On Monday, June 2nd, the EPA released a set of proposed regulations that would decrease CO2 emissions levels by 30% from 2005 levels. There has been a lot of buzz surrounding the proposal this week, representing a broad spectrum of opinions. While reducing carbon pollution in the air is undeniably a good thing, by just how much will our emissions as a nation be reduced? What will become of our current access to cheap, abundant electricity? Will it be enough to avoid adverse effects from climate change? These are all important questions that can be difficult to discern from news headlines and opinion articles. Hopefully, this post will help to contextualize the rules, explain what they mean, and how they will affect our economy and global climate in the coming years.
The EPA has proposed a rate-based (lbs CO2 per MwH produced) cap on carbon emissions from existing power plants across the U.S. You can think of a rate-based limit as the gas mileage on a car – if your vehicle doesn’t drive a certain number of miles per gallon of fuel used, then it will not meet its emissions standards. The purpose of a rate-based limit as opposed to an absolute limit is to allow states flexibility in meeting their target. In states where coal power is more heavily-used, for example, emissions targets can still be met by offsetting the CO2 produced by older, dirtier power plants with the use of renewable energy sources like solar and wind, or by creating an emissions trading scheme to ensure that the net amount of emissions for the state are below the permissible amount. As long as your state is able to reduce its carbon emissions by 30% of 2005 levels by 2030, it doesn’t necessarily matter how you do it. Giving states flexibility, however, does not mean the end of dirty coal as we know it. As long as coal states are able to offset their emissions through other means, they can continue to put peoples’ health at risk by producing soot and coal ash along with their electricity.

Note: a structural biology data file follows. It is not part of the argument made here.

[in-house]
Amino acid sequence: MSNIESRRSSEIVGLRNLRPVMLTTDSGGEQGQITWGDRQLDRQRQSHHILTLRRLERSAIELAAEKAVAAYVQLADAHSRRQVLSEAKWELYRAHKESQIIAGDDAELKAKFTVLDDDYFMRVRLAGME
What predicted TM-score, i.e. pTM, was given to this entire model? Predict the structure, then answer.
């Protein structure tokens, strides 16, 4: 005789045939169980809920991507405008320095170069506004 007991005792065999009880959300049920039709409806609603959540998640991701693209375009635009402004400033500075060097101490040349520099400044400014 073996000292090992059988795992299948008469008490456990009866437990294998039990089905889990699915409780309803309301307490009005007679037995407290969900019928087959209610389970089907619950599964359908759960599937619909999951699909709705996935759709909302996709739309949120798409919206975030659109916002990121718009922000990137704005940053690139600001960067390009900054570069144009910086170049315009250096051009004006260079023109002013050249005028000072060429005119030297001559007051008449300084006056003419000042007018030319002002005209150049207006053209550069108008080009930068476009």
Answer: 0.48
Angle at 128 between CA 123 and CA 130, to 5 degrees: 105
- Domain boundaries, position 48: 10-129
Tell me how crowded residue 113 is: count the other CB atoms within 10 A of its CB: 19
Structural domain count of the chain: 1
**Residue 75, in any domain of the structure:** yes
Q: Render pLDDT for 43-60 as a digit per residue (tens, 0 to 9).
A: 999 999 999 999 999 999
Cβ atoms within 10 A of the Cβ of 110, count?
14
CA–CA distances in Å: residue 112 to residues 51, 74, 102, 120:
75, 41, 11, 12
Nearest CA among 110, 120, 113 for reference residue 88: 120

How will they affect the economy?
Cries from conservative organizations over the proposed rules claim that ratepayers will bear the majority of the burden of meeting the regulations, that the entire economies of coal-dependent states like West Virginia or Wyoming will crumble, and that hundreds of thousands of American jobs will be lost to overseas competition. There are a few good reasons why these things likely won’t happen. First, the projected increase in average electric bills doesn’t amount to more than a few extra dollars a month. More importantly, however, are the employment opportunities this proposal creates. Retrofitting old power plants and installing clean energy technology, essentially “rewiring” the country to run on clean power, will create many more jobs than continuing to use dirty sources of energy will preserve. Finally, burning coal costs the US hundreds of billions of dollars per year in costs from health impacts, missed work days due to health incidents, and environmental damage (and its impacts on the economy). Switching to clean sources of energy will reduce these costs dramatically.
How will they affect the climate?
Here is where the EPA still has room for improvement. Although a 30% reduction sounds like a lot, it’s important to note that since 2005, we have already cut our CO2 emissions by about 15%. That’s already halfway towards meeting our goal. By leaving ourselves 16 years to achieve this level, we leave an awful lot of time to continue burning fossil fuels as we do today. Additionally, growing economies like China and India currently have no such plan to reduce their emissions, and they are in no position to slow down their growth rates any time soon. China has indicated it is more open to reducing carbon emissions since the release of the EPA’s rules, but developing countries would be more likely to adopt rigorous targets if the U.S. acts as a strong leader. While the proposed rules are a meaningful step in the right direction, the EPA could undoubtedly implement stronger guidelines to reducing CO2 emissions from the nation’s electric power sector. It is our hope that we as a nation and a global community can continue to strive towards the common goal of cutting greenhouse gases from our energy diet – if not for our own sake, then for the generations that follow.